Friday, November 11, 2011

Lulu in Paris: Talented Mr. Decker (2)

Lulu, Opéra Bastille in Paris, October 28 2011

Conductor ..... Michael Schønwandt
Director ..... Willy Decker

Lulu ..... Laura Aikin
Gräfin Geschwitz ..... Jennifer Larmore
Eine Theatergarderobiere, Ein Gymnasiast, Ein Groom ..... Andrea Hill
Der Maler, Der Neger ..... Marlin Miller
Dr Schön, Jack ..... Wolfgang Schöne
Alwa ..... Kurt Streit
Der Tierbändiger, Ein Athlet ..... Scott Wilde
Schigolch ..... Franz Grundheber
Der Prinz, Der Kammerdiener, Der Marquis ..... Robert Wörle
Der Theaterdirektor, Der Bankier ..... Victor Von Halem
Eine Fünfzehnjährige ..... Julie Mathevet
Ihre Mutter ..... Marie-Thérèse Keller
Die Kunstgewerblerin ..... Marianne Crebassa
Der Journalist ..... Damien Pass
Ein Diener ..... Ugo Rabec

Paris Opera Orchestra and Chorus

After two truly bad productions (Salomé and Faust) the Paris Opera managed to bend the quality curve thanks to the three wonderfully revamped productions -- prepared with great care, with formidable cast in each of the three, and with the orchestra showing its best colors. Apart from the superb Tannhäuser, two excellent revivals were the Willy Decker creations. Since I already discussed La Clemenza di Tito here, now it's time to throw a few lines about Lulu.

I should first say that I was among admirers of Decker's La Traviata, of his Boris Godunov, and I loved his Death in Venice, but was somewhat less enthusiastic about Die tote Stadt, or Der Fliegende Holländer, or even Eugene Onegin. Although good, these latter shows --recently rerun at the Paris Opera-- could not match the level of the first three and so, before the beginning of the 2011-2012 operatic season, I had great respect for Willy Decker's work and his 'purified theater' but was not really a fan. Now, after these two autumnal shows (namely, La Clemenza di Tito and Lulu) I'm hopping back on the bandwagon: Willy Decker is a brilliant opera director! Even though his productions lacks audacity, the know-how is all there. None of his shows is trivial, they always contain a few good and clearly presented ideas that make his basically narrative style; they are distinguishable and certainly  memorable.

His Lulu is a particularly good piece of work. Its simplicity and its clarity are seductive, but it is the underlying idea that propels the already fascinating story about Lulu and makes this show work marvelously well, catching the subtleties in spite of the enormous stage of Opéra Bastille. The sets are a vertical cross-section of an arena where all the story will unravel. The shape remains the same in all three acts (there were two intermissions), but the colors will change. In the stands (of that arena) we see a bunch of male characters, all wearing black trench-coats and hats (à la Humphrey Bogart.) Before the show begins, this is how the stage looks like: Lulu is sitting on the top of a step-ladder,  face to the stands (back turned to us), watching the stands filling up with people.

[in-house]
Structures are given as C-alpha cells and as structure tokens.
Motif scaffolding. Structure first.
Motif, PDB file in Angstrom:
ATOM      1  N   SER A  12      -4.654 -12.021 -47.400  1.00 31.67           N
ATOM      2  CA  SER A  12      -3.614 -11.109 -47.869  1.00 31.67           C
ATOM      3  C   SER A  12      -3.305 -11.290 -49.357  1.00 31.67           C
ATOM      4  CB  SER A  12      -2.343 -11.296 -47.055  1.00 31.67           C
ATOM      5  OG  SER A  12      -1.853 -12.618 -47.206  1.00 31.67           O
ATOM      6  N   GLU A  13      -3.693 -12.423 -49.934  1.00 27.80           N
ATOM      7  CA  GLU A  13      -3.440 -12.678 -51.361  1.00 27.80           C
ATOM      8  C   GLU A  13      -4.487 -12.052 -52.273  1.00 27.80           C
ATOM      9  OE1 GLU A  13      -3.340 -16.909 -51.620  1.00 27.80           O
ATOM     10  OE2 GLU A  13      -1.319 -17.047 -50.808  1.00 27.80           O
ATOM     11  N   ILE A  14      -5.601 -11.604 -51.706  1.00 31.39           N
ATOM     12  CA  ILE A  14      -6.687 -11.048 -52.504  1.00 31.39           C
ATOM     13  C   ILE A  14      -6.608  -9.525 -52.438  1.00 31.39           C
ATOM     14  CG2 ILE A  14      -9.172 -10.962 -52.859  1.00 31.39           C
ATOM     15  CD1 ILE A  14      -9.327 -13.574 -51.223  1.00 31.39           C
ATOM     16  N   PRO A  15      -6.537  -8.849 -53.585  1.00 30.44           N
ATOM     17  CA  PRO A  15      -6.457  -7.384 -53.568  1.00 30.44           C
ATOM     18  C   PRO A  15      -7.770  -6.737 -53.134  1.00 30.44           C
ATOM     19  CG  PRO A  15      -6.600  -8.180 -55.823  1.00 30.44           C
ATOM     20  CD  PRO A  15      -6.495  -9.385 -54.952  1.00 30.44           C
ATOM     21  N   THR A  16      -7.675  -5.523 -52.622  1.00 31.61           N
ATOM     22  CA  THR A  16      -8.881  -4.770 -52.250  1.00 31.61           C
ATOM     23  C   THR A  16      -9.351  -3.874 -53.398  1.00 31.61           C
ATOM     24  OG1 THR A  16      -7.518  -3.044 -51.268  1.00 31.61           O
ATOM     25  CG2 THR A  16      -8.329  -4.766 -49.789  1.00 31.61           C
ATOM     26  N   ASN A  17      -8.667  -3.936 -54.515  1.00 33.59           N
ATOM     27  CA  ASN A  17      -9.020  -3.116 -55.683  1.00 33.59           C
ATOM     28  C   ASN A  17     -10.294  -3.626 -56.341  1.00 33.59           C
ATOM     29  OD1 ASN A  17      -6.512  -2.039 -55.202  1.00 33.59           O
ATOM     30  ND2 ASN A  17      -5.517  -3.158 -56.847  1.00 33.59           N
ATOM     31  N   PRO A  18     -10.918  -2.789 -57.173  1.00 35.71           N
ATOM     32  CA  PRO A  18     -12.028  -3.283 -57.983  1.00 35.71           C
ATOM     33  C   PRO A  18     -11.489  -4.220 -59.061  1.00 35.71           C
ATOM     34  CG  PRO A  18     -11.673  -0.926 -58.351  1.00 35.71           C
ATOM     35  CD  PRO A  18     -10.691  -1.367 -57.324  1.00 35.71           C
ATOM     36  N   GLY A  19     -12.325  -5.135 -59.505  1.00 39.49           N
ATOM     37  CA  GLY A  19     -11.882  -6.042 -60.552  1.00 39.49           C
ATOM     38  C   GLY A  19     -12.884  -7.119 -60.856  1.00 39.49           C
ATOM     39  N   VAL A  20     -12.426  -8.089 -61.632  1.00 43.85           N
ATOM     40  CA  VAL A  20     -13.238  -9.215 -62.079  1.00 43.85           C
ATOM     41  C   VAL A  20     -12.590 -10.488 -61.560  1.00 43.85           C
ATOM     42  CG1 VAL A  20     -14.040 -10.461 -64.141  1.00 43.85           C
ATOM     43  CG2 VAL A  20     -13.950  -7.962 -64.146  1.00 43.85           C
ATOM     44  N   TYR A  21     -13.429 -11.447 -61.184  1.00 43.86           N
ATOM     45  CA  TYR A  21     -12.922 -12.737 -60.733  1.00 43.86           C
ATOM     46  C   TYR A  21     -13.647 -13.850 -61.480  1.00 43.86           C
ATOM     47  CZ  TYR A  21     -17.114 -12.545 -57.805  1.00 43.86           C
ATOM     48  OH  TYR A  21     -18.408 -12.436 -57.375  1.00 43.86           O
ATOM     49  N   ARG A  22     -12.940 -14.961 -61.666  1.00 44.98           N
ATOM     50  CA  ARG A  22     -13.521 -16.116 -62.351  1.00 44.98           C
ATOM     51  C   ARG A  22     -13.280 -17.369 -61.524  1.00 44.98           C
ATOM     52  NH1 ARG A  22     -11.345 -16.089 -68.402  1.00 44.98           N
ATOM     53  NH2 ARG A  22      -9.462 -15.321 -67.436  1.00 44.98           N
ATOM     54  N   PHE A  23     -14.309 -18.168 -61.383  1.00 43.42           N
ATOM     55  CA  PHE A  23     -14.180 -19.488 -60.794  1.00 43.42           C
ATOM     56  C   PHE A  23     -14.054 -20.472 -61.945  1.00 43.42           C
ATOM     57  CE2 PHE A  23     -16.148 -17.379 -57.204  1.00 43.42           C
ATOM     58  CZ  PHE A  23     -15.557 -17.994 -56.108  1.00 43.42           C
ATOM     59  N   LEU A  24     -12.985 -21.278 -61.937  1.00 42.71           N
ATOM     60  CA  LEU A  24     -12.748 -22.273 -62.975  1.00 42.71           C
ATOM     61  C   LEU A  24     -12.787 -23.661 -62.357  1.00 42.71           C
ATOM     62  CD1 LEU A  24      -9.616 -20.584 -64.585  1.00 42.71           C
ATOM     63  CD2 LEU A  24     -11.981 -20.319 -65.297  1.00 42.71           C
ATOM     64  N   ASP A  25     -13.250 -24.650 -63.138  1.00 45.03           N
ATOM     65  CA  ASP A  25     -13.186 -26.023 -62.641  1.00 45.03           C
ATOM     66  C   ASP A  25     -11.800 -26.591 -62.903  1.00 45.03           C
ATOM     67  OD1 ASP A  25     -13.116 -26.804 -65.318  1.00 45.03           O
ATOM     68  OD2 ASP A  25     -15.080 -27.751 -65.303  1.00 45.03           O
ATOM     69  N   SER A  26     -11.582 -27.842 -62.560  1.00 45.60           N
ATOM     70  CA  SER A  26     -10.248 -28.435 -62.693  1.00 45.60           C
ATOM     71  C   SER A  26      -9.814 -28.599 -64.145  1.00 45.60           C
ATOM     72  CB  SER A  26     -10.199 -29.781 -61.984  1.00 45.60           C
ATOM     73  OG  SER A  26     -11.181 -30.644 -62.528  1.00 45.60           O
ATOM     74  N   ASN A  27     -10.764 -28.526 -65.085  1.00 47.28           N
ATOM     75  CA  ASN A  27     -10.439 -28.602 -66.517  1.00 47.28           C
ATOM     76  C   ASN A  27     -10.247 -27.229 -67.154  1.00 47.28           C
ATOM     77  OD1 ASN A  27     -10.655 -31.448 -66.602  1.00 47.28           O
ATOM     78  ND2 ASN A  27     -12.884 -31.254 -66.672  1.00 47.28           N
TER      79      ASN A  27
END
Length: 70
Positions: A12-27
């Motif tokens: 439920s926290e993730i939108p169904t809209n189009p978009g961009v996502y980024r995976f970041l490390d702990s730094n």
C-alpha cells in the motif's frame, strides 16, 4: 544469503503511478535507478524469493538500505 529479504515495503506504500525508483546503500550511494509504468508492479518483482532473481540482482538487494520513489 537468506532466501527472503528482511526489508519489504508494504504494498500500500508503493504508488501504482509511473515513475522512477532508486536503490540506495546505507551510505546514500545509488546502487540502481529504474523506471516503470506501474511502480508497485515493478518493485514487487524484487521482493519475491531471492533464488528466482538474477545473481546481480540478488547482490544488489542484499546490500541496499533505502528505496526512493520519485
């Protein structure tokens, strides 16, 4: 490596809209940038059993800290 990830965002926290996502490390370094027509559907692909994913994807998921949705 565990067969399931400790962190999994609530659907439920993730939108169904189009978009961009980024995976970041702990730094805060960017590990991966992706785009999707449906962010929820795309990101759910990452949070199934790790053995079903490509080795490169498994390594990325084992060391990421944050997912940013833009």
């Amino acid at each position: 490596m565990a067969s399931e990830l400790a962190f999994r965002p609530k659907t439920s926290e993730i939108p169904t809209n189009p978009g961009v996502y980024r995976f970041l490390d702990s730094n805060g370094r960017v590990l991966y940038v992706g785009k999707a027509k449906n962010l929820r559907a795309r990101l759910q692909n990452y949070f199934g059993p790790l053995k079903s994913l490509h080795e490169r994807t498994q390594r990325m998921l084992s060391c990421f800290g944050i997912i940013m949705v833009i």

In parallel, at the same time, we --the real public-- are filling up the theater. This symmetry is important for the director's message.

As it turns out, the sinister all-in-black characters represent the men from Lulu's past, her and her present life evolve in the arena. Only at the beginning there is no contact between her past and her present (c.f. pic above.) She is able to live the present moment without dwelling on her past. However, as soon as the story begins, her past will start to follow her like a black cloud, it will play a crucial role in her social interaction, and it will tailor her fate.
A physical contact between her present and her past will be established too: two ladders will connect the arena with the stands, which is how Schigolch enters the stage (from the stands -- from her past.)
Lulu's past will progressively play a bigger role in her life, it will (directly and indirectly) deteriorate her life, ruin her future, and eventually send her to death.

In the latter parts of the show there are more and more ladders connecting the stands with the arena, they become thicker and darker (on the pale background) and in the last parts of the show the line between her present and her past progressively disappear and all the male characters from her past will descend to the arena, surround her like a mob, and stab her to death. The idea is simple, but it works impeccably throughout the show, and allows to Decker to emphasize several interesting subtleties (especially in Act 2.) The rest is what you can find in this extraordinary libretto [c.f. synopsis here.]

The symmetry between us and the sinister male characters in the stands seems to be Decker's way to warn us not to rush and judge Lulu. That would be disappointingly simple thing to do. It is very easy to despise Lulu after her first flirt with the Painter. Most (all) of the male characters are greedy, possessive, sleazy, evil... It is easy to dislike them too. But since all the characters are three-dimensional you cannot dislike one more than another, even if the overall taste/atmosphere is Berg-ianly dark.